Mastadon Fuzz kit

Item number: 225

Huge Fuzz for Bass and Guitar.

Category: Fuzz

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starting from 20,00 €

including 19% VAT., plus shipping

Not available now!


Description

The Mastadon Fuzz is a mammoth-like Fuzz Face variant with 4 separate controls. Due to its great loe-wnd it is excellent for Bass, but of course also for guitar!

This kit contains the pcb and all necessary parts. You can choose an enclosure, please select 4 knobs for 6,3mm shaft separately.
Here´s a list with the parts in the kit: Bill of materials

This project is by GuitarPCB.com, in cooperation with Musikding. If you have any problem with the content of the kits like missing or wrong parts, please contact Musikding (Klaus). For any technical problem relating to building this project, please contact Barry at GuitarPCB.com forum.

You get full technical support at the GuitarPCB.com forum, membership is free of course.
GuitarPCB Forum.

Here´s the direct link to the building docs, including layout and schematic:
Mastadon Fuzz documentation


Effect-Type: Fuzz
Instrument: Guitar Bass

Video Demo

Ratings (13)

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Total entries: 6
5 from 5 great pcb

Great pcb, fast and simple to construct.
The pedal has a lot of bass and gain, a small mod with a PreGain could make it more controllable on guitar, beautiful on bass!

., 22.01.2014
5 from 5 Good !

Easy to build, and works great with bass.

., 06.01.2015
5 from 5 Sounds great

Not difficult to build and sounds great (at least on bass).

., 21.03.2015
4 from 5 Brutal Bass Fuzz

Lots of output.
But hey, I get noise from EQ pot! Sizzling.

., 25.01.2016
4 from 5 Sounds woolly, as advertized

I am reasonably experienced in building electronic circuits.
So let me start with a few little to tiny complaints I have, which I think may reduce the likelihood of a total beginner being 100% successful with this project: (the 1st one is only relevant if you buy the pre-drilled case)
The distance between switch and LED seems off, compared to the holes in the metal case. Which means you have to bend the LED wires quite a bit, and it is possible, I think, that you are unlucky and the outer leads of the LED just touch the metal tube which holds the LED on the front panel, shorting it. Also, I had to remove a plastic plug in that pipe to get the LED through, as the holes in that plug do not match the LEDs leg alignment.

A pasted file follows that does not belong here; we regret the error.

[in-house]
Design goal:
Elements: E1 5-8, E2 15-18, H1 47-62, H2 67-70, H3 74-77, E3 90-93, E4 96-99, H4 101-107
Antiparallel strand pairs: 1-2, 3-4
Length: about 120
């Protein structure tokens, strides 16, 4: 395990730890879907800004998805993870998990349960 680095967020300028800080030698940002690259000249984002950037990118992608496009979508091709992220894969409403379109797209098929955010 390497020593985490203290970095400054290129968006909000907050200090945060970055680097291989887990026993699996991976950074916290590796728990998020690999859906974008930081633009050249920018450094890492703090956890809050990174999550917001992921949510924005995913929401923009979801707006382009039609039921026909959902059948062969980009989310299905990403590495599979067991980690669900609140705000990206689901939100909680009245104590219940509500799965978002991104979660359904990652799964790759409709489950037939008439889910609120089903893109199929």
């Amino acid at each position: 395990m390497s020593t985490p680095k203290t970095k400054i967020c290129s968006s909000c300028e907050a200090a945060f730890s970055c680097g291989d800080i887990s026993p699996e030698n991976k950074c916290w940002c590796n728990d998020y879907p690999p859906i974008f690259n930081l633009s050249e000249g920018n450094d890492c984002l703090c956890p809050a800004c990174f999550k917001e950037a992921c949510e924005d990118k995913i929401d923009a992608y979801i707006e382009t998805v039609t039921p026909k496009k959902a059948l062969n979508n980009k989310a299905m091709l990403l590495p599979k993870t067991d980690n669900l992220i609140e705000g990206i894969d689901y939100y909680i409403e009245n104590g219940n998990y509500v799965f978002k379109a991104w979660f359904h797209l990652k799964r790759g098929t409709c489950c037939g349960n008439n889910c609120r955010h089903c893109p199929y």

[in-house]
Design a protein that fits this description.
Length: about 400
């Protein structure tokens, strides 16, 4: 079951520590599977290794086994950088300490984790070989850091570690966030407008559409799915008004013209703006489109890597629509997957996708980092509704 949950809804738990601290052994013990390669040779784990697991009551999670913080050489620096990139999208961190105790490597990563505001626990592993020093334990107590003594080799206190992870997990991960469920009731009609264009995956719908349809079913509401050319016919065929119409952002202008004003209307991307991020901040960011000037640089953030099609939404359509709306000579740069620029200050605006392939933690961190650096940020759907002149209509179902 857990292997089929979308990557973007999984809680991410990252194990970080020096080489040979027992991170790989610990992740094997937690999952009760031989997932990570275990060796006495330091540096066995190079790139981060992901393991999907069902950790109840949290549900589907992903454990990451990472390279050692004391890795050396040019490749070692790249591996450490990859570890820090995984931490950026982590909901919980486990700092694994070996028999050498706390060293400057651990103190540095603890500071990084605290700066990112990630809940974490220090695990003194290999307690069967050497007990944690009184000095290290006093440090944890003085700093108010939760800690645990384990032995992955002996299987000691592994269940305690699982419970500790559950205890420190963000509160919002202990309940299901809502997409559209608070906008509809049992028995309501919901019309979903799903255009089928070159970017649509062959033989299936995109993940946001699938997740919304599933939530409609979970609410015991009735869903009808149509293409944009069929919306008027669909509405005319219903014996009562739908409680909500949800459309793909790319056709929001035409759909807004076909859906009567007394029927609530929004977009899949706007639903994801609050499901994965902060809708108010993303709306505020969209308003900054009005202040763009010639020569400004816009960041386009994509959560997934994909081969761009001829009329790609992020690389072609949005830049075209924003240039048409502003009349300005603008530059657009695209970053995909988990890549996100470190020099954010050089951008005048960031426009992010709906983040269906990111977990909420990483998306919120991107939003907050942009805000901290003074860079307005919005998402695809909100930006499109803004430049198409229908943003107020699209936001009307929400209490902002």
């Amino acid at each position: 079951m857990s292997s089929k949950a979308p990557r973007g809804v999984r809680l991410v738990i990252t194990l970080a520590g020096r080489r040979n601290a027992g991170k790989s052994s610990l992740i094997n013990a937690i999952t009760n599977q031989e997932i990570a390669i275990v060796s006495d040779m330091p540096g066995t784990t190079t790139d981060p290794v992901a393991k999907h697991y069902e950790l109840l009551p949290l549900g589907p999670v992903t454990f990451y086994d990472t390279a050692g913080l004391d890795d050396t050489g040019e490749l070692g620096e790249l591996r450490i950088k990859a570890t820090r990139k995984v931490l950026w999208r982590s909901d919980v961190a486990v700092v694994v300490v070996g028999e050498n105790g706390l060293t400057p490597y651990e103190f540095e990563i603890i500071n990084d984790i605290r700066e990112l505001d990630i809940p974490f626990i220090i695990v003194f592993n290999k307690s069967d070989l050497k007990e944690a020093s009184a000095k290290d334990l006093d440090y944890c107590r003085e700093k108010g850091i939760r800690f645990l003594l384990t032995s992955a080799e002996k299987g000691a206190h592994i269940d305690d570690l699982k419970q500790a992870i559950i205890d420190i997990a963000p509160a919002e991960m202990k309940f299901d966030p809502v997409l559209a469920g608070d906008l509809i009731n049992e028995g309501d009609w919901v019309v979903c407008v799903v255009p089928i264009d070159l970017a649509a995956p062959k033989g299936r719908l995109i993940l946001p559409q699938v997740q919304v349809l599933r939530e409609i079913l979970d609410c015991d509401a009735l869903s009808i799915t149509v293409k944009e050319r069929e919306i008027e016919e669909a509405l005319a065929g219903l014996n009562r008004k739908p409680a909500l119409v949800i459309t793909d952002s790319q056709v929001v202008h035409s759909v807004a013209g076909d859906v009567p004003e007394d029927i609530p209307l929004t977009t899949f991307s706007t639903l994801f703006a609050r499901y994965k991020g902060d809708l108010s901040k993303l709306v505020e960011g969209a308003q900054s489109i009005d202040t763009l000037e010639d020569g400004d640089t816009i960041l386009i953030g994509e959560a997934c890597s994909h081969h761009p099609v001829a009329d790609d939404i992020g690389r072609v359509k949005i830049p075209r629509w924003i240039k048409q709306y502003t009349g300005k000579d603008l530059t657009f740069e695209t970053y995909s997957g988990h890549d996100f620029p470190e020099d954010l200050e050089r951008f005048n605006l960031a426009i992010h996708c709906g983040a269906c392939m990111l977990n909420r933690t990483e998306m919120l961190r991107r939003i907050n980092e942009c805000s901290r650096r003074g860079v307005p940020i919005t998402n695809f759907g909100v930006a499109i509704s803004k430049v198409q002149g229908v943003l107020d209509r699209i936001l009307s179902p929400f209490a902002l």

One of the electrolytic capacitors has to be bent so it wont block the way for the switch when mounting the PCB - bad if you soldered it tight and then notice ;) And it still somewhat touches the tip of an inserted plug, being so close to the TRS jack. Not perfect design.

Construction - Saving some time:
You can save some time in construction, IMO:

1) Potentiometers: look at the PDF schematic. 2..3 of the 4 pots, if I recall correctly, short the wiper connector with one of the end connectors. This means you need to solder only 2 wires instead 3 for those pots - one end shorting the two pins on the pot, the other end going into one of the 2 PCB holes for that pot which are shorted on-PCB anyway.

2) Soldering wires to the PCB while it is mounted in the case.
If you solder the wires by sticking the end through the PCB from the top, then turn the PCB, then solder the wire, turn back again, repeat for remaining wires..., I think you take more time as opposed to this:
Mount the completely assembled (all parts soldered) PCB into case which has all pots, jacks, LED etc mounted, by screwing in the switch. Print out the image from the PDF which shows which wire to solder where on the board - *mirrored* horizontally, so you wont get confused by the reversed order of holes when soldering to the, eh, downside-up PCB. (lo-fi but quick way: paste screenshot of the PDF page into e.g. XnView, Image -> Mirror, File -> Print)
Then solder one end of those wires with stripped, lightly tinned ends, to a potentiometer (or power jack or whatever) to give it some stability, then stick the other end about 1/2 way through the corresponding PCB hole, such that a bare part of wire is still above the PCB surface - and you can heat it without hitting any insulation with your soldering tip and dirty it by burnt residues...
Then you can solder the wire into the hole - and because it is tinned and stiff, and all is contained within a sturdy enclosure, neighboring wires are at no risk to get shorted even though 1..2 mm of non-insulated wire will stick out of the board in parallel. Just make sure that there is no stuck-through wire end touching a metal part of e.g. a TRS jack where it gets close to the PCB. If there is such a spot on the PCB, you could cut 3/4 of the tinned wire end and solder it to the mounting hole on the board without, or barely sticking it in.

As for the sound: Like in the miscellaneous YT vids reviewing it. I dont use it for bass, but a guitar with low tuning, quite nice :-)

., 17.11.2016
5 from 5 great sound

Nice kit and easy to build but i think the pinch pot has no use, always at full clockwise to obtain a very nice huge and powerful fuzz sound.

., 05.04.2018
Total entries: 6

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